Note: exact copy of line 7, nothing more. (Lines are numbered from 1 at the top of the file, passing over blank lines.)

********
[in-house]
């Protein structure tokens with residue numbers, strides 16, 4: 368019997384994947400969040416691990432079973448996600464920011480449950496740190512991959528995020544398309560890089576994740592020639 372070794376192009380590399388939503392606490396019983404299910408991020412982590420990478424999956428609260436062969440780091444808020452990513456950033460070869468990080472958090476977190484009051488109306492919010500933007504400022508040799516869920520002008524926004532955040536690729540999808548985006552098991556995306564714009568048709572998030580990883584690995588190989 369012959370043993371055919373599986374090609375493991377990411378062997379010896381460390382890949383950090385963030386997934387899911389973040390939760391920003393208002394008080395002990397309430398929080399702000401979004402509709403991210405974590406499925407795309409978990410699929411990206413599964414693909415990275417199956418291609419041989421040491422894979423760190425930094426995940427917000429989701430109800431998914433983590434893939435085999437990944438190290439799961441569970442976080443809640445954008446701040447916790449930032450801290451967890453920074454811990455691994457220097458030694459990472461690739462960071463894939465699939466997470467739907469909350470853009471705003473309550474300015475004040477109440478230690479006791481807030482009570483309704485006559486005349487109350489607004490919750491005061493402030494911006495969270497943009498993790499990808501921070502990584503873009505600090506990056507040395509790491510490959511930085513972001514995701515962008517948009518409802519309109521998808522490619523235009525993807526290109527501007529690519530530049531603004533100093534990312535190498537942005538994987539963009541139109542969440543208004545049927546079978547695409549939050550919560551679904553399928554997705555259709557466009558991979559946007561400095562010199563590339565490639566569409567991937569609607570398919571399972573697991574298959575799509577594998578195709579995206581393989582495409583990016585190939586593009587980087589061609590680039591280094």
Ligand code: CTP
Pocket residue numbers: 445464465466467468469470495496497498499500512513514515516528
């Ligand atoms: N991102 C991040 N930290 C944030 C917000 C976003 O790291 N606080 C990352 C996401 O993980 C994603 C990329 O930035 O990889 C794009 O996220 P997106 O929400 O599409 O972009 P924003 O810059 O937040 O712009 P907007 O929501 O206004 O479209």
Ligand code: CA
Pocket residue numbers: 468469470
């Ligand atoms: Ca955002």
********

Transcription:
Pocket residue numbers: 468469470